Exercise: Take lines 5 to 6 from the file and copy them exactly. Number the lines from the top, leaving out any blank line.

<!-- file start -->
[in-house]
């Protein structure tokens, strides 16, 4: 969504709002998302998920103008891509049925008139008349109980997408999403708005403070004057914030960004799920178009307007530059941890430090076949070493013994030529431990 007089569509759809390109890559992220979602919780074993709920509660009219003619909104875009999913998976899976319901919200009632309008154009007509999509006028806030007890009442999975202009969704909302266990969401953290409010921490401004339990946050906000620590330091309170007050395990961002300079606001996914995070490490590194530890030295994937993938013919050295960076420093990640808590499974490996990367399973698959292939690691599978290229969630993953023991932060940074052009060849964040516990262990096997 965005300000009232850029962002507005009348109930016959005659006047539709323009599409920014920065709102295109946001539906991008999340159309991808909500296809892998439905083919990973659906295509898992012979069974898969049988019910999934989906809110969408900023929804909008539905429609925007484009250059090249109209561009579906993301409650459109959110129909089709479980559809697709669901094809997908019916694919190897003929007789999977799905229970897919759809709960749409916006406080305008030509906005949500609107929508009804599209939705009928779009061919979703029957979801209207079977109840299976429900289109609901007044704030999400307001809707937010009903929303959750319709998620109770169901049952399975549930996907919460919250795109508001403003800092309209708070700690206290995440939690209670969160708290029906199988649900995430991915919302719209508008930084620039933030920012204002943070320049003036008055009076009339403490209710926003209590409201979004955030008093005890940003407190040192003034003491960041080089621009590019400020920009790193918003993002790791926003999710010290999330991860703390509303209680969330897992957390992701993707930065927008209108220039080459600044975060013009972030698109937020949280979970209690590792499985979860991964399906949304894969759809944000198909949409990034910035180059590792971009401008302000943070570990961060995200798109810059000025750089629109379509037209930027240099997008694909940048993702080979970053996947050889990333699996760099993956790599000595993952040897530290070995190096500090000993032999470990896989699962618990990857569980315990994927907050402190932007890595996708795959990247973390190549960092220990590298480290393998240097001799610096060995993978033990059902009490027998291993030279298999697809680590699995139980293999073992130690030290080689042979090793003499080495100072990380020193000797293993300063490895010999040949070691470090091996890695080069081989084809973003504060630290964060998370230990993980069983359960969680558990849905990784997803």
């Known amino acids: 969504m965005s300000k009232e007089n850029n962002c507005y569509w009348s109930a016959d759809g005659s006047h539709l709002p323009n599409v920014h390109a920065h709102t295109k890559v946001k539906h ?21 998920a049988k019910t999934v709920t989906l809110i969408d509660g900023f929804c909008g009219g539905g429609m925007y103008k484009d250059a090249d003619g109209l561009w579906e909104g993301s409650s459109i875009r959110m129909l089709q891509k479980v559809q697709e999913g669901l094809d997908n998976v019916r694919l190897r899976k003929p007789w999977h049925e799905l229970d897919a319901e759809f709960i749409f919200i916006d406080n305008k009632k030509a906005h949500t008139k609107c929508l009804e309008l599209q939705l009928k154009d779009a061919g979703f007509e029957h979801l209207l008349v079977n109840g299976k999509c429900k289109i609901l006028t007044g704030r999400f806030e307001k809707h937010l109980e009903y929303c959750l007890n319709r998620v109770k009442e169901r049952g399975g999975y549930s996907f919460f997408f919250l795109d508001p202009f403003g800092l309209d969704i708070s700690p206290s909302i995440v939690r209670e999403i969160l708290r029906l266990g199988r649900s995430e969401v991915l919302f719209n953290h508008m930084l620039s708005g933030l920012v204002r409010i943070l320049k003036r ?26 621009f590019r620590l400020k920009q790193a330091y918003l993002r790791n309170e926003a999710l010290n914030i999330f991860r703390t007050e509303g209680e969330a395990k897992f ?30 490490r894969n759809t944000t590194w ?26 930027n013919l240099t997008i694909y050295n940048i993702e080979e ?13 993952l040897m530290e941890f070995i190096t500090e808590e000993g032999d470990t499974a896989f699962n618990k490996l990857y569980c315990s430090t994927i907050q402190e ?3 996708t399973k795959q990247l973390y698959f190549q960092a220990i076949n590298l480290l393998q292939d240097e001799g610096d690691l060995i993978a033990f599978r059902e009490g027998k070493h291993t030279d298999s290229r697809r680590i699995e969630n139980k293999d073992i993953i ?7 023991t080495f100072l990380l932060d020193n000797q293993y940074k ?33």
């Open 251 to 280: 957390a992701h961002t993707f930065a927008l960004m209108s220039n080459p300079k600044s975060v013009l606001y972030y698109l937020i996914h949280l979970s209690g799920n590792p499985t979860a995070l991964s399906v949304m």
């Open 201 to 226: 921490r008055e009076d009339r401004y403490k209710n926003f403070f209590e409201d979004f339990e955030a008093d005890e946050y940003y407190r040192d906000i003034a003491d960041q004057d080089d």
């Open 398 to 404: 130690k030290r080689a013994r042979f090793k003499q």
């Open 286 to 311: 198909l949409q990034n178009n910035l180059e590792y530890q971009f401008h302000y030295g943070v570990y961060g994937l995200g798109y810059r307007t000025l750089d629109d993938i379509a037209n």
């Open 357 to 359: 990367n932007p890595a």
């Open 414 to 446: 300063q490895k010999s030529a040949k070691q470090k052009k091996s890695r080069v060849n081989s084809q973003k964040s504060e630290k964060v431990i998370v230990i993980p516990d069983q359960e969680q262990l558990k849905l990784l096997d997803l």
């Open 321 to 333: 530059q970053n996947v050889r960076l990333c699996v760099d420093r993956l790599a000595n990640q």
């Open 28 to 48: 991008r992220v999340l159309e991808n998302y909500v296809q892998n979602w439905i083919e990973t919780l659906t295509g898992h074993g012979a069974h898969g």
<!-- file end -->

């Open 201 to 226: 921490r008055e009076d009339r401004y403490k209710n926003f403070f209590e409201d979004f339990e955030a008093d005890e946050y940003y407190r040192d906000i003034a003491d960041q004057d080089d």
């Open 398 to 404: 130690k030290r080689a013994r042979f090793k003499q």